Yes Yes Yes No No No

When is an idea or decision worth saying yes to? I can think of 6 ways a decision can go:

1. Yes—I would love to do this.

For the majority of the time, these are the easiest decisions to say yes to. These are the decision’s we should say yes too, but there are quite a few situations that often make saying yes to what we love extremely difficult.

The first reason is bad timing, luck or lack of self-awareness — which I’ll discuss as #4.
The second reason being fear—which I’ll discuss as #5.

2. Yes — but you want to say no.

There are our most innocent and humbling decisions. Whether out of love, force, pity or magic, we agree, but would rather say no. As innocent as they appear, these types of decisions can quickly take over our entire lives. This the number one regret of the dying, “I wish I’d had the courage to live a life true to myself, not the life others expected of me.” It’s great to help others, but if you are only living your life by the expectations of what others want for you, you aren’t making decisions for yourself or living at all.

Sometimes we say yes, but don’t know we should have said no. This is tricky because now we’ve said yes and are beholden to that choice. If there’s an opportunity to get out of it, do it. There’s no sense wasting our time on something we clearly don’t want to do. But if you’ve backed a yes with your word and reputation, see it through. We never want to waste our time, but we also want to make sure our actions also align with our words.

There’s a version of this type of yes that I’ve personally experienced. (Well, I’ve experience all 6 of these types of decisions, but this one was a real doozie.) Sometimes when you say yes, but you don’t want to (or you eventually figure out you don’t) AND then you keep doing it anyway—out of fear or obligation etc.—then you are on a short unfortunate path to burnout. There are many flavors of burnout, but one of the surest ways to burn yourself out is to continuously do something you don’t want to do.

Eventually you hit a wall and you’re body forces you to stop. That’s what happened to me anyway. My body’s response was—“Oh, I see. You’re going to keep working at this even though you know we don’t want to? The Nerve of this guy. He think’s he’s the boss. We’ll show him whose the real boss around hear.” Don’t let yourself be steamrolled by a decision you don’t even like doing.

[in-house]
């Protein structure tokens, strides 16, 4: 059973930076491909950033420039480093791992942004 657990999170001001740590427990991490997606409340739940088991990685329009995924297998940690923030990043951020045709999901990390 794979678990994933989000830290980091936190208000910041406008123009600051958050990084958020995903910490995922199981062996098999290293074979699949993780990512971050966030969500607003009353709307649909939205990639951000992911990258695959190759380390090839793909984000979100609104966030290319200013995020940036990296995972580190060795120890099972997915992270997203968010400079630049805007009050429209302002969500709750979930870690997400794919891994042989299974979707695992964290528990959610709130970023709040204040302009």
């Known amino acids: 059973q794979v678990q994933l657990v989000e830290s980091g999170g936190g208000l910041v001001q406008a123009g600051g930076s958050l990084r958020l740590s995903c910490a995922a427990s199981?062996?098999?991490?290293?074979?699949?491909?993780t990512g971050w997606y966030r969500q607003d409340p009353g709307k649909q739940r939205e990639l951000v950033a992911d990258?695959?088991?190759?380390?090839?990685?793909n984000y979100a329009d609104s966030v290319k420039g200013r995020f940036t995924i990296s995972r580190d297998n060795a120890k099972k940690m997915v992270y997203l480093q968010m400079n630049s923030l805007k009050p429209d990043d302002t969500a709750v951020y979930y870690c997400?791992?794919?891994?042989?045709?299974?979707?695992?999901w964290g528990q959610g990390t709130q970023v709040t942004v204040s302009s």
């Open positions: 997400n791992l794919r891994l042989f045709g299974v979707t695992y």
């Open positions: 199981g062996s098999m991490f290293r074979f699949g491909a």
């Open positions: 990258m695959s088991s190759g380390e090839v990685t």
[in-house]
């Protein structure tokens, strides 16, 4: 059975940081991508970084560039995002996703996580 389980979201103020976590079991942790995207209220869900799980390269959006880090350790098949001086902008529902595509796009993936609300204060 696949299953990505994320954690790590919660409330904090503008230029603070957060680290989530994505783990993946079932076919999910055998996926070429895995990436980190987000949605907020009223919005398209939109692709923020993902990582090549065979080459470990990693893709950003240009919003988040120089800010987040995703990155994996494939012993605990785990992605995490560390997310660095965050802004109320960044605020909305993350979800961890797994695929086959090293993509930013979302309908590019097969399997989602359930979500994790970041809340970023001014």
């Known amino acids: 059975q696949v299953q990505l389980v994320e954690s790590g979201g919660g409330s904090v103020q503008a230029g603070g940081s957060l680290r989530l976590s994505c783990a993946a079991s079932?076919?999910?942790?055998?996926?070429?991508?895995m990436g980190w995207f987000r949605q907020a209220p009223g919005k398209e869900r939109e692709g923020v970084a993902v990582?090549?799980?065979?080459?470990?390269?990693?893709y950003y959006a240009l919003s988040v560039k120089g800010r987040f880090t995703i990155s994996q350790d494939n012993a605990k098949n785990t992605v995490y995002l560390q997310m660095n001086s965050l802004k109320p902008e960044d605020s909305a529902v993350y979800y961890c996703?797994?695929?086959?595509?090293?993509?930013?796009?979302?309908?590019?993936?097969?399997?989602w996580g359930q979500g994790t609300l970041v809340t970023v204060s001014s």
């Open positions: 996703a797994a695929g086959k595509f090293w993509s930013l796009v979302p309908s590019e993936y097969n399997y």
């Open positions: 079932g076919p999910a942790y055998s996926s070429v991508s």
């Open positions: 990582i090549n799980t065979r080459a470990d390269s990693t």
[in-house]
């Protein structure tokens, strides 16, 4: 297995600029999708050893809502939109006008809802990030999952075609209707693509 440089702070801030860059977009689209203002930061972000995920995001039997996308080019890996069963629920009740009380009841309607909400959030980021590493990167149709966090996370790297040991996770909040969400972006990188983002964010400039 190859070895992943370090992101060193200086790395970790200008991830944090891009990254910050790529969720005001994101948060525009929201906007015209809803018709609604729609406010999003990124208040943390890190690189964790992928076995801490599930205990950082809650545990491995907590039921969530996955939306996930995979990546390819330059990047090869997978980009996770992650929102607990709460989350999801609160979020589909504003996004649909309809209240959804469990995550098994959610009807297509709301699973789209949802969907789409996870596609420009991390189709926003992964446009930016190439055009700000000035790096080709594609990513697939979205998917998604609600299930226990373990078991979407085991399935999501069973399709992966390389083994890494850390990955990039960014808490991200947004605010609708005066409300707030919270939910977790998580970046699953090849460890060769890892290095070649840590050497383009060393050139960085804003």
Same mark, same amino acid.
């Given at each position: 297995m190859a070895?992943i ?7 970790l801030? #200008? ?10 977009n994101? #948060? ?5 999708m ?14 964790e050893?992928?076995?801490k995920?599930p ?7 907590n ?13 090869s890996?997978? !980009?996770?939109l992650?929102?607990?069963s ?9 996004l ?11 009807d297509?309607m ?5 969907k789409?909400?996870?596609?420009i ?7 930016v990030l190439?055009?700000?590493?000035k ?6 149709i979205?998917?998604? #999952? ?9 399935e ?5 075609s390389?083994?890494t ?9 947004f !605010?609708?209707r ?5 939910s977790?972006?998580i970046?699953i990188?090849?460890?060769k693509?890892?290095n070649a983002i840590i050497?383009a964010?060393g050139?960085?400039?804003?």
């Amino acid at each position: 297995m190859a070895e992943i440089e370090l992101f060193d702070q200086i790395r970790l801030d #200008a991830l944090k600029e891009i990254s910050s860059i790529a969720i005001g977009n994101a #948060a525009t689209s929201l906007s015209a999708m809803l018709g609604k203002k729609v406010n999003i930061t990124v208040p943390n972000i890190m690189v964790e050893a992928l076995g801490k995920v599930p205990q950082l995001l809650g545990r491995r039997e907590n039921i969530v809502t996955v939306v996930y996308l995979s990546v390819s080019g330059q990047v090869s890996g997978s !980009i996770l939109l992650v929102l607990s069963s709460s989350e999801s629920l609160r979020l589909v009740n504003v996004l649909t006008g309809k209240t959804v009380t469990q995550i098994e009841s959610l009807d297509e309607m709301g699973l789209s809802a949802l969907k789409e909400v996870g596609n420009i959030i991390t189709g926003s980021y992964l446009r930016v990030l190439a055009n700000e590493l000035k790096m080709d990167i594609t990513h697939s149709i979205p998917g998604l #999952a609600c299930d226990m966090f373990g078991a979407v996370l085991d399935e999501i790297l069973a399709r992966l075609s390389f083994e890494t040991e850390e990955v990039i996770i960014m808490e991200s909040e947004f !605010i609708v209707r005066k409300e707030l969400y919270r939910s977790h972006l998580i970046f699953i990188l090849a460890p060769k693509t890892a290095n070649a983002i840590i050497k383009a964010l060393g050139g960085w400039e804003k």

3. Yes — but your future self won’t.

These’s are also painful decisions, usually based around an event, agreement or project in the future. It sounds so lovely (and distant), but when the moment arrives you completely dread it to your core. Ugh! Why did I agree to this?!

The key is asking yourself what your future self would want to do. “If this thing (that I’m about to agree to) was tomorrow, would I still want to do it?

It’s great to plan for the future, but keep decision locked in the immediate.

4. No — but you want to say yes.

In essence, you wish you could say yes, but the timing isn’t right or you’ve already committed and said yes to another earlier opportunity. Decisions like these aren’t worth your time dwelling over. Stick with what’s in front of you, and keep learning about yourself and your dreams. The better we know ourselves, the more accurate we can be in our decision making.

5. No — not right now.

This is a slight variation of the last decision (#4) and again comes down to timing. There’s only so many things we can say yes too. There’s only so much time to go around. If the timing isn’t right, it’s better to say No—not right now. And try to revisit it later.

For me, there’s a million-billion things I want to learn and experiment on, but if I tried doing them all at the same time, I’d make no progress on anything (and likely go insane). This idea is often called your “not right now list”. A list of things you want to do or see, but right now you are prioritizing other things instead.

6. No — I’d rather get dirt.

Knowing when to say no might be the hardest decision of them all. But saying no is also the most exhilarating and uplifting decisions we can make. It’s easy to say yes. It’s easy to say yes to things we want to do AND don’t want to do. But it takes training and discipline to say no.

No free’s up our time.

No gives us room to think, dream and play.

No opens up more opportunities.

In a backwards, up is down, left is right sort of way, by pursuing less, we end up gaining more.

STAY BOLD, Keep Pursuing,
— Josh Waggoner | Daily Blog #875

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Related:

No “yes.” Either “HELL YEAH!” or “no.” | Derek Sivers

8 Ways to Say No Without Hurting Your Image | Adam Grant

Don’t Bet on a Maybe

“Truth is confirmed by inspection and delay; falsehood by haste and uncertainty.”

Tacitus